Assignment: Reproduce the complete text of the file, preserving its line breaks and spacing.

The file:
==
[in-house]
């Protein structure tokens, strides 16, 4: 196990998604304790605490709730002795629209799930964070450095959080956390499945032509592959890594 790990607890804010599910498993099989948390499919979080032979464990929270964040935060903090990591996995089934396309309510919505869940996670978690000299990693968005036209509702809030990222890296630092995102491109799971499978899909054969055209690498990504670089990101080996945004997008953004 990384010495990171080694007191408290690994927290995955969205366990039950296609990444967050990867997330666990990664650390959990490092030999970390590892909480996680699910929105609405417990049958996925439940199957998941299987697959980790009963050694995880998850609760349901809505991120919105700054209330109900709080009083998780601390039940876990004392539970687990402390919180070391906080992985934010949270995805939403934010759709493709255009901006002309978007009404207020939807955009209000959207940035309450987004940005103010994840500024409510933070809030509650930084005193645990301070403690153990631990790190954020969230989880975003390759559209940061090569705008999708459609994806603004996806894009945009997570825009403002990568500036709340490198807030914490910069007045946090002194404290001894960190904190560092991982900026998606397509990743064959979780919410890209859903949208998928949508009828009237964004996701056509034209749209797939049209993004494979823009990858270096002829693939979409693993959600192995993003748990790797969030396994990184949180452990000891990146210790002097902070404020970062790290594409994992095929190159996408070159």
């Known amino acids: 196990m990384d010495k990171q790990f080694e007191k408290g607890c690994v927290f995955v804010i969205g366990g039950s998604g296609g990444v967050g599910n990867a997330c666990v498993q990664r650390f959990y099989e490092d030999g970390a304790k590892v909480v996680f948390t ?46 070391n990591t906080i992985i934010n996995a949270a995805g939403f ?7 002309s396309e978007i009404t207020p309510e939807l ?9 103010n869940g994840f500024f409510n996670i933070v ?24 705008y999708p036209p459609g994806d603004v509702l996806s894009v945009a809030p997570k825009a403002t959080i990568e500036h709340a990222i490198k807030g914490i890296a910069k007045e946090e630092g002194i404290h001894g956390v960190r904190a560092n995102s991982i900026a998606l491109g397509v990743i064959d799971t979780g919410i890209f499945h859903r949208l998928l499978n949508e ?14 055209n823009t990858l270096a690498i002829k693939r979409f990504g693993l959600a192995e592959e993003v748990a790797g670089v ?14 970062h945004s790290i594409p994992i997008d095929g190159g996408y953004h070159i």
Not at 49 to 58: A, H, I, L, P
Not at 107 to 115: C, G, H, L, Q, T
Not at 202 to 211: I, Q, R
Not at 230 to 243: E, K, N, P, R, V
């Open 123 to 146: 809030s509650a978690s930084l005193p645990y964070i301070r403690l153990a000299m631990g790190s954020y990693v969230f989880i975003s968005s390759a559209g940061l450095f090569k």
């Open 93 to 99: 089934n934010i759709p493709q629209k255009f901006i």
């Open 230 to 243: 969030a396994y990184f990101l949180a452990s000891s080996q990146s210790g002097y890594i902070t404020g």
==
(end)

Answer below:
[in-house]
């Protein structure tokens, strides 16, 4: 196990998604304790605490709730002795629209799930964070450095959080956390499945032509592959890594 790990607890804010599910498993099989948390499919979080032979464990929270964040935060903090990591996995089934396309309510919505869940996670978690000299990693968005036209509702809030990222890296630092995102491109799971499978899909054969055209690498990504670089990101080996945004997008953004 990384010495990171080694007191408290690994927290995955969205366990039950296609990444967050990867997330666990990664650390959990490092030999970390590892909480996680699910929105609405417990049958996925439940199957998941299987697959980790009963050694995880998850609760349901809505991120919105700054209330109900709080009083998780601390039940876990004392539970687990402390919180070391906080992985934010949270995805939403934010759709493709255009901006002309978007009404207020939807955009209000959207940035309450987004940005103010994840500024409510933070809030509650930084005193645990301070403690153990631990790190954020969230989880975003390759559209940061090569705008999708459609994806603004996806894009945009997570825009403002990568500036709340490198807030914490910069007045946090002194404290001894960190904190560092991982900026998606397509990743064959979780919410890209859903949208998928949508009828009237964004996701056509034209749209797939049209993004494979823009990858270096002829693939979409693993959600192995993003748990790797969030396994990184949180452990000891990146210790002097902070404020970062790290594409994992095929190159996408070159």
């Known amino acids: 196990m990384d010495k990171q790990f080694e007191k408290g607890c690994v927290f995955v804010i969205g366990g039950s998604g296609g990444v967050g599910n990867a997330c666990v498993q990664r650390f959990y099989e490092d030999g970390a304790k590892v909480v996680f948390t ?46 070391n990591t906080i992985i934010n996995a949270a995805g939403f ?7 002309s396309e978007i009404t207020p309510e939807l ?9 103010n869940g994840f500024f409510n996670i933070v ?24 705008y999708p036209p459609g994806d603004v509702l996806s894009v945009a809030p997570k825009a403002t959080i990568e500036h709340a990222i490198k807030g914490i890296a910069k007045e946090e630092g002194i404290h001894g956390v960190r904190a560092n995102s991982i900026a998606l491109g397509v990743i064959d799971t979780g919410i890209f499945h859903r949208l998928l499978n949508e ?14 055209n823009t990858l270096a690498i002829k693939r979409f990504g693993l959600a192995e592959e993003v748990a790797g670089v ?14 970062h945004s790290i594409p994992i997008d095929g190159g996408y953004h070159i």
Not at 49 to 58: A, H, I, L, P
Not at 107 to 115: C, G, H, L, Q, T
Not at 202 to 211: I, Q, R
Not at 230 to 243: E, K, N, P, R, V
């Open 123 to 146: 809030s509650a978690s930084l005193p645990y964070i301070r403690l153990a000299m631990g790190s954020y990693v969230f989880i975003s968005s390759a559209g940061l450095f090569k």
């Open 93 to 99: 089934n934010i759709p493709q629209k255009f901006i």
């Open 230 to 243: 969030a396994y990184f990101l949180a452990s000891s080996q990146s210790g002097y890594i902070t404020g």